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Georgia: There’s nothing old school about Athens

By Becky Ferrero and Vickie Mitchell

Courtesy State Botanical Garden of Georgia

There’s nothing old school about Athens
The opening last year of an upscale green hotel in downtown Athens has proved golden in terms of new meeting business for the home of the University of Georgia.

Courtesy Athens CVB

The Hotel Indigo Athens, a gold-level LEED certified hotel, is bringing more corporate business, including small meetings for such heavy hitters as Georgia-based Coca-Cola and environmentally oriented gatherings as the Georgia Organics Conference. The Hotel Indigo Athens is among eight hotels in North America in the running for “North America’s Leading Green Hotel” by the World Travel Awards.

The upscale-boutique nature of the 130-room hotel is a draw, along with hip, albeit untraditional, meeting spaces like the Rialto Room, a music venue by night that can be set for meetings during the day, and a clubby lounge with comfortable sofas, a natural for casual functions.

“Hotel Indigo is set up to handle smaller meetings, like board retreats or board meetings,” said Hannah Smith, communications manager for the Athens CVB.

The hotel also serves in a supporting role for the city’s Classic Center, two blocks away, the city’s main venue for larger meetings.

The 185-room Hilton Garden Inn is attached to the 80,000-square-foot meeting complex, which includes a 28,000-square-foot exhibit hall, a 2,100-seat theater and up to 29 breakout rooms. About 1,100 hotel rooms are within walking distance.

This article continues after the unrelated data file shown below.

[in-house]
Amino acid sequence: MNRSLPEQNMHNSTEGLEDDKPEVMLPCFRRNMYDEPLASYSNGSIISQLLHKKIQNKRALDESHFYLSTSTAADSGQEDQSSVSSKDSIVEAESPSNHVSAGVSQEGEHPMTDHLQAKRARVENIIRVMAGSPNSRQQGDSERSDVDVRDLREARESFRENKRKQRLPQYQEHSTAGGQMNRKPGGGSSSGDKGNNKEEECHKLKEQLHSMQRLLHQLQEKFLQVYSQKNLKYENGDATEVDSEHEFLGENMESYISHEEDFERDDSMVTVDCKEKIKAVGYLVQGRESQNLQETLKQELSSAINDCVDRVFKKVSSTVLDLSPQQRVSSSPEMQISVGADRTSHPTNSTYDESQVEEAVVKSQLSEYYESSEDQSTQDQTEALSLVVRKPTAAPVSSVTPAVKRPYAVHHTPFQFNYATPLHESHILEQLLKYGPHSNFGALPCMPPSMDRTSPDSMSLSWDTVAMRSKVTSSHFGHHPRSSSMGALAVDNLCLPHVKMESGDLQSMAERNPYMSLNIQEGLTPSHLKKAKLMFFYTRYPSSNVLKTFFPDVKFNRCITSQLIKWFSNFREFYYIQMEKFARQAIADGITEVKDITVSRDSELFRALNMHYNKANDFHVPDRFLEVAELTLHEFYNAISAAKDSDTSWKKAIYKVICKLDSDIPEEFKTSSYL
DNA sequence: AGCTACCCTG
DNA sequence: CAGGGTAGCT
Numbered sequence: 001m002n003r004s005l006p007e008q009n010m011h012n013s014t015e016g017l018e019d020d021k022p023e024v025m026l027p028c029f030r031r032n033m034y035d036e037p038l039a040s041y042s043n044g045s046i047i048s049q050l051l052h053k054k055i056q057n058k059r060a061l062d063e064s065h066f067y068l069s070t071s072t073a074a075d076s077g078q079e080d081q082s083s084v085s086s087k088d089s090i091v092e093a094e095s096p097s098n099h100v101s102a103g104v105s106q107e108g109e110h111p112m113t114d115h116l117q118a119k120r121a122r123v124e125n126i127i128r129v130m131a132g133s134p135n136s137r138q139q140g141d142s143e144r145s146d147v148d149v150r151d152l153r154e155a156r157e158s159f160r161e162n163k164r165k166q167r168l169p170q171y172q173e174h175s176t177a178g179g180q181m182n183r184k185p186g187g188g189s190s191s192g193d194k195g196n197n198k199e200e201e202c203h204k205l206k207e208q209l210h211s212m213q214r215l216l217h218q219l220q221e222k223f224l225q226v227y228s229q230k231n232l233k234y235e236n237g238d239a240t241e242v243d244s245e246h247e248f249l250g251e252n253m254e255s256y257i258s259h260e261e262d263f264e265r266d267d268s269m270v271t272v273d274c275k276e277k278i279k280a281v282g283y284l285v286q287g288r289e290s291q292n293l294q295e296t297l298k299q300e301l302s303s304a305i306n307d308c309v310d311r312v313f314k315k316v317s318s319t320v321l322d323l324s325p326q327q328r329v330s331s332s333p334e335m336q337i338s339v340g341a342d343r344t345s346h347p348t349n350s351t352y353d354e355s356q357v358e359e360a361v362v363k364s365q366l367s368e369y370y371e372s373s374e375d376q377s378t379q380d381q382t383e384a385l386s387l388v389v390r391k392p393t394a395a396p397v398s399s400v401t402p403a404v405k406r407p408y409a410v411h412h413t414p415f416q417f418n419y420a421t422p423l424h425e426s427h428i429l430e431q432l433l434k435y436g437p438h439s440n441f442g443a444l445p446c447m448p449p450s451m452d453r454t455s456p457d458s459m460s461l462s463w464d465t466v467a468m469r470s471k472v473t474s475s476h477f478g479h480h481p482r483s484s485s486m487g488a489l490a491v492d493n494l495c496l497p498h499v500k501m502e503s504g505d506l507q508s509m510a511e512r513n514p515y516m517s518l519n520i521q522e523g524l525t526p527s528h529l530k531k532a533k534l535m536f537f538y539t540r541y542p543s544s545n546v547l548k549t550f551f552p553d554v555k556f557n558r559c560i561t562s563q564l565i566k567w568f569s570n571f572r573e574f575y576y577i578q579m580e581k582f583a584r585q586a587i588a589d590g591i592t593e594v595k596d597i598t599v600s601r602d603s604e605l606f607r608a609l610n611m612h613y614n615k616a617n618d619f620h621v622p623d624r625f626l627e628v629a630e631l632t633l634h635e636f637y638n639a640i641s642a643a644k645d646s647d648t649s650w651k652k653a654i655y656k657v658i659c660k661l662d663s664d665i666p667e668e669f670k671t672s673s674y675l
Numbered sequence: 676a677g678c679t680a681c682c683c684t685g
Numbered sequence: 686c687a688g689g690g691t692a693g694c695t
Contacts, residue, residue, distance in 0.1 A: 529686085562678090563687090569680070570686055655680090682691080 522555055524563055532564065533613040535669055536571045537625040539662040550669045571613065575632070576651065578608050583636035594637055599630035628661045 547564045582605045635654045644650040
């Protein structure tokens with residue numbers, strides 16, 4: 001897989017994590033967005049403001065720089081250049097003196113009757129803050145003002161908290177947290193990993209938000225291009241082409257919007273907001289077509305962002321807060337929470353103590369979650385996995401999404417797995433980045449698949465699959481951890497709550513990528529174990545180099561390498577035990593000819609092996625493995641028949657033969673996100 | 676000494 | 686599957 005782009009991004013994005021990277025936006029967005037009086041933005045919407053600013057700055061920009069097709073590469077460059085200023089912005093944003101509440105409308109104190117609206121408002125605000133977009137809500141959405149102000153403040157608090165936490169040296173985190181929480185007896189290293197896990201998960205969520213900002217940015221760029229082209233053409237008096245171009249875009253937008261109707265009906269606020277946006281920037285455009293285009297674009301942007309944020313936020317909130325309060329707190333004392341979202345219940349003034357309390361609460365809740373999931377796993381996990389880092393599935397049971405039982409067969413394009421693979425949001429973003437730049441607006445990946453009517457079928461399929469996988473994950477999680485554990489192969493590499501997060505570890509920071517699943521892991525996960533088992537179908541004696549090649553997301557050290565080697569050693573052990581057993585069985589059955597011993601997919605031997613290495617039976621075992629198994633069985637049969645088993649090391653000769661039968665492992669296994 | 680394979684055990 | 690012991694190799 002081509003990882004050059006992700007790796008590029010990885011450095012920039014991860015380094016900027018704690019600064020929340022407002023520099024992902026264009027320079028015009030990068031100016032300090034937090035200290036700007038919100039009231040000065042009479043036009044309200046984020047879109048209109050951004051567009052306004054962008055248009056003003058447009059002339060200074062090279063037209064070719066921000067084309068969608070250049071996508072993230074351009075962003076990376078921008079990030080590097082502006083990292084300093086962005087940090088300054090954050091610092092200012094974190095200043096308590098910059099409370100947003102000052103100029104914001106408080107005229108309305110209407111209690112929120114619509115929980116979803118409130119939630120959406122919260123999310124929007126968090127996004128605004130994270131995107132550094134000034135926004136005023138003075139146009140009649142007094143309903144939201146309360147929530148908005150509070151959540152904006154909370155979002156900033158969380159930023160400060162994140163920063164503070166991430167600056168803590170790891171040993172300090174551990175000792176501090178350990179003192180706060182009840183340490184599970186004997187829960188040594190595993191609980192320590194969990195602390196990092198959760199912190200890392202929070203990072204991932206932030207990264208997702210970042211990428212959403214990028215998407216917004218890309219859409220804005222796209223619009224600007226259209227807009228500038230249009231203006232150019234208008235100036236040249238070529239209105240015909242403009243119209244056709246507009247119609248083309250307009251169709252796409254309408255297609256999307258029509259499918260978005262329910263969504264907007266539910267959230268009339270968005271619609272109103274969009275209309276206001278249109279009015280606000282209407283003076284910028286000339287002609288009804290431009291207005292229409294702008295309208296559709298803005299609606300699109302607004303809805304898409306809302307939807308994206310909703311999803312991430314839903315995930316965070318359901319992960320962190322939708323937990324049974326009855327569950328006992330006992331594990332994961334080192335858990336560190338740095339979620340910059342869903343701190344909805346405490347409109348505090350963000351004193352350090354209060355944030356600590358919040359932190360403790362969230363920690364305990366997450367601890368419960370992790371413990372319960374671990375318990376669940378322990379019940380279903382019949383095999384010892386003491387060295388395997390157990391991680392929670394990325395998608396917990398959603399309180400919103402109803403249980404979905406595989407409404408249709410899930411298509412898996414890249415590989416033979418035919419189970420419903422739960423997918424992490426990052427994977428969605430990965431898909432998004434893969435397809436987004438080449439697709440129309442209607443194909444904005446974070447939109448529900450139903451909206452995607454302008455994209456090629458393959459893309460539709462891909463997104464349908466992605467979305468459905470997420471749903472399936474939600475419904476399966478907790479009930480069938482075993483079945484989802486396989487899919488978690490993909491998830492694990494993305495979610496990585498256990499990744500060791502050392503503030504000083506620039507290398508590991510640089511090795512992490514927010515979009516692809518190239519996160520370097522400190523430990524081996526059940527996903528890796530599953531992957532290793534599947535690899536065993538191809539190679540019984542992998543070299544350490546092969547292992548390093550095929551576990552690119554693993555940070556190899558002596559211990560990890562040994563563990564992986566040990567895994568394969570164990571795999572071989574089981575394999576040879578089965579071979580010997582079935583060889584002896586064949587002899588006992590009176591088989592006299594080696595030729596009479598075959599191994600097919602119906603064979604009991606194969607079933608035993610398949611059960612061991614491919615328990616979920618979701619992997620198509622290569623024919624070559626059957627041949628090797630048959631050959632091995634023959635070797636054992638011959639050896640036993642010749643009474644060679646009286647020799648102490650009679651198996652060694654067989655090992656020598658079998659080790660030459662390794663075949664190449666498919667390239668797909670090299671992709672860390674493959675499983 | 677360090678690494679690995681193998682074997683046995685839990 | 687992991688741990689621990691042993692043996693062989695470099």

There could be changes in store for the Classic Center if Athens voters approve a referendum to extend an existing 1-cent local tax. Officials would like to expand the center’s grand hall by 25,000 square feet and place a dome over its courtyard, giving the facility space that could be used in any season.

Long a college town, Athens has, in the past decade, become more sophisticated. The change is most obvious in its restaurants. Smith was a UGA student in the mid-1980s, and says the difference is “night and day.
“When I was a student here there were not many choices for upscale dining, it was all quick stuff.”

Courtesy State Botanical Garden of Georgia

Today, the city is home to independent restaurateurs, including Hugh Acheson, a four-time James Beard Award finalist known for his restaurants, Five and Ten and the National.

“He is one of many chefs creating high-quality food at a much lower price point than in Atlanta,” said Smith.

Athens is also known for its music, and the Terrapin Brewery is a place where music and homemade brews blend.

Open Wednesday through Saturday, the brewery “does tours and tastings, and there is live music every night they are open. The brewery has an Athens vibe to it,” said Smith. “The people creating the beer take you on the tour and show you every step of the way.”

Management will book group events on nights the brewery is closed; the CVB also helps meeting planners add live music, Athens style, to their events.

“We always let people know about the live music because it is what gives us personality as a destination,” Smith said.

For the Georgia Governor’s Tourism Conference in late August, the CVB has helped line up the bluegrass band Packway Handle. When the Georgia Photographers Association had a party at the Foundry Park Inn and Spa’s Melting Pot, bands specializing in beach music helped set a breezy, easygoing tone.


More Georgia Meeting Guide:

Georgia Meeting Guide: Just Peachy!
Cartersville’s proud to say it’s not Atlanta
Convention center hotel has Macon singing a new song
Valdosta’s a belle on the southern border
WEB EXCLUSIVE! Georgia’s Savannah